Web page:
The Kellogg–Briand Pact (or Pact of Paris, officially General Treaty for Renunciation of War as an Instrument of National Policy) was a 1928 international agreement in which signatory states promised not to use war to resolve “disputes or conflicts of whatever nature or of whatever origin they may be, which may arise among them”. Parties failing to abide by this promise “should be denied of the benefits furnished by this treaty”. It was signed by Germany, France and the United States on August 27, 1928, and by most other nations soon after. Sponsored by France and the U.S., the Pact renounced the use of war and called for the peaceful settlement of disputes. Similar provisions were incorporated into the UN Charter and other treaties and it became a stepping stone to a more activist American policy. It is named after its authors, United States Secretary of StateFrank B. Kellogg and French foreign ministerAristide Briand.
In honor of poet Langston Hughes’ 113th Birthday, the Google banner has a wonderful, animated video of the poem “I Dream A World”. Peace Couple couldn’t be happier than seeing Google honor a poet and a vision of peace in the world.
In the United States there are holidays to celebrate militarism just about every week, and increasingly one hears about them on the radio, at public events, and in corporate advertising that apparently believes militarism sells. Other nations have seen a similar rise in military celebrations.
What would a calendar of peace holidays look like? At WorldBeyondWar we believe it would look something like this.
We’re making it available for free as a PDF that you can print out and make use of: PDF, Word.
Libraries are the most American of institutions: community-based, democratic, pull-yourself-up by your own gathering places. Libraries were kicked off in this country by the most American of our founders: the self-made , earthy, inventor-scientist polymath Ben Franklin.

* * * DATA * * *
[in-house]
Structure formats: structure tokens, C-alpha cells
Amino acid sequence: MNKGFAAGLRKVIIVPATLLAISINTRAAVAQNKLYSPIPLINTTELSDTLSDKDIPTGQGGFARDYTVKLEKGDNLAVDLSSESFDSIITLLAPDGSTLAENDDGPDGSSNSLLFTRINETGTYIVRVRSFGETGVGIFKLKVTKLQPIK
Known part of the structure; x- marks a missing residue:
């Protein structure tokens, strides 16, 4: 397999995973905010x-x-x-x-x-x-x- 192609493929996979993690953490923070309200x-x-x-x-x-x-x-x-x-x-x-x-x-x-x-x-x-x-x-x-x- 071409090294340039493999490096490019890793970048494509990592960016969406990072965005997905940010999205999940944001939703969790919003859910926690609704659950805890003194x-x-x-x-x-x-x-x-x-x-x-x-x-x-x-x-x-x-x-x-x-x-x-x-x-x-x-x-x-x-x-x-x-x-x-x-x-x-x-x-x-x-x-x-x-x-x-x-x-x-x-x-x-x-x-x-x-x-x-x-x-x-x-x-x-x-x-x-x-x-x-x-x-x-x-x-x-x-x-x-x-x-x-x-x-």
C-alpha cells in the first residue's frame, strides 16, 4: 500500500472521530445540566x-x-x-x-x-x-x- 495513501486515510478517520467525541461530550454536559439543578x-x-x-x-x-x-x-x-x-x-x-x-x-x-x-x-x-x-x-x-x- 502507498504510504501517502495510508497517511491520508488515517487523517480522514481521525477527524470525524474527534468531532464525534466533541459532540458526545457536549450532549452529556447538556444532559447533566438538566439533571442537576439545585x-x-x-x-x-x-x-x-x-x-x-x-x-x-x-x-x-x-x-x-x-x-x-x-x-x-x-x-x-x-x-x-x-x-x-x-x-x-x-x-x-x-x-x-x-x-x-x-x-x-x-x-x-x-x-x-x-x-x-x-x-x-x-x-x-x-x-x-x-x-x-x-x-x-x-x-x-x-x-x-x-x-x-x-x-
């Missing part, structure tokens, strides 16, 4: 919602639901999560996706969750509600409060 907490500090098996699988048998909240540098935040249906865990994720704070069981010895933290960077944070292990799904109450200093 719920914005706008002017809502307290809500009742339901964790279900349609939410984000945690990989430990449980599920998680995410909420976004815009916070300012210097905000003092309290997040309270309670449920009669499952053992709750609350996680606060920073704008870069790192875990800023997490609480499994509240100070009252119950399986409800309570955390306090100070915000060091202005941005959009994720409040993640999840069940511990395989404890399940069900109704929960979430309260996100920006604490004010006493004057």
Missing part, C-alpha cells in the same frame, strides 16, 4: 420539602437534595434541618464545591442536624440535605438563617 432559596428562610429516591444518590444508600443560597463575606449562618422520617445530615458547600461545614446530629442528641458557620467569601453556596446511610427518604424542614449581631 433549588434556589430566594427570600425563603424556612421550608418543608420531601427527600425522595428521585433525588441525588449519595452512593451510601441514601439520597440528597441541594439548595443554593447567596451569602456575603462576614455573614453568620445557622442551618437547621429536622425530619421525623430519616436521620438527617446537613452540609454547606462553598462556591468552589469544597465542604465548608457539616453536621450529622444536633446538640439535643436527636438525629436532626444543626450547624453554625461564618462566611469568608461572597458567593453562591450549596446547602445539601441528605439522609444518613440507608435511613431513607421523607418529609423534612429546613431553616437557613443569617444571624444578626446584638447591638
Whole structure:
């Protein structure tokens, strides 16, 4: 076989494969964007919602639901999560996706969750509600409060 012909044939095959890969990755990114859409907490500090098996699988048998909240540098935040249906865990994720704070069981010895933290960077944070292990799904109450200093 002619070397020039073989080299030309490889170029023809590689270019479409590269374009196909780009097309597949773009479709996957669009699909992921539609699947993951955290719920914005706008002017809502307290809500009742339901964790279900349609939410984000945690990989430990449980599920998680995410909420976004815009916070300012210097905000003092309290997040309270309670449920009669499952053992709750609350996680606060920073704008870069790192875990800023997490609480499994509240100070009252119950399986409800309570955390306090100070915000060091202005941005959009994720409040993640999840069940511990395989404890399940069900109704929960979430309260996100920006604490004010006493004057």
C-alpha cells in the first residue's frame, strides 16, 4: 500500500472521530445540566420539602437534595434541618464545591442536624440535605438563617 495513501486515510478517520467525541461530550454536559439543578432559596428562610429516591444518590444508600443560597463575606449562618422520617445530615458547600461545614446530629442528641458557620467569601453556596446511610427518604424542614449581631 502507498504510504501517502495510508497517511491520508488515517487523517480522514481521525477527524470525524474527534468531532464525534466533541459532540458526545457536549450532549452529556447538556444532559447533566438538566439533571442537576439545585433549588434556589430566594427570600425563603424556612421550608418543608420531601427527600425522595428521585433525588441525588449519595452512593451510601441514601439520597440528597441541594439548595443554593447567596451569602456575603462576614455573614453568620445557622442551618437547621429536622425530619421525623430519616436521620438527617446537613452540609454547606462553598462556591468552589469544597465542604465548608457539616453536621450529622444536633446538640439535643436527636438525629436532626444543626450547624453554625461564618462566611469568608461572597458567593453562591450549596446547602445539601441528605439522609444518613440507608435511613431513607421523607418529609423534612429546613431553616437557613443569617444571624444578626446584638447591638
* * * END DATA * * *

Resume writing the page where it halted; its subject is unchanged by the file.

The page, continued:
Libraries are about community. They are a barn-raising or quilting bee for the mind, especially the young mind. Everyone pools their resources so we can all have more than anyone of us could individually have access to when we need it. and when we don’t need it, we leave it their for someone else to use. Libraries are the well in the town square, where all can draw water and all have a stake in keeping them available. Continue reading TWL: Libraries→
Desiderius Erasmus Roterodamus, who lived from October 27, 1466, to July 12, 1536, faced censorship in his day, and has never been as popular among the rich and powerful as has his contemporary Niccolò di Bernardo dei Machiavelli. But at a distance of half a millennium, we ought to be able to judge work on its merit — and we ought to have regular celebrations of Erasmus around the world. Some of his ideas are catching on. His name is familiar in Europe as that of the EU’s student exchange program, named in his honor. We ought perhaps to wonder what oddball ideas these days might catch on in the 2500s — if humanity is around then.
In 1517, Erasmus wrote The Complaint of Peace, in which Peace, speaking in the first-person, complains about how humanity treats her. She claims to offer “the source of all human blessings” and to be scorned by people who “go in quest of evils infinite in number.”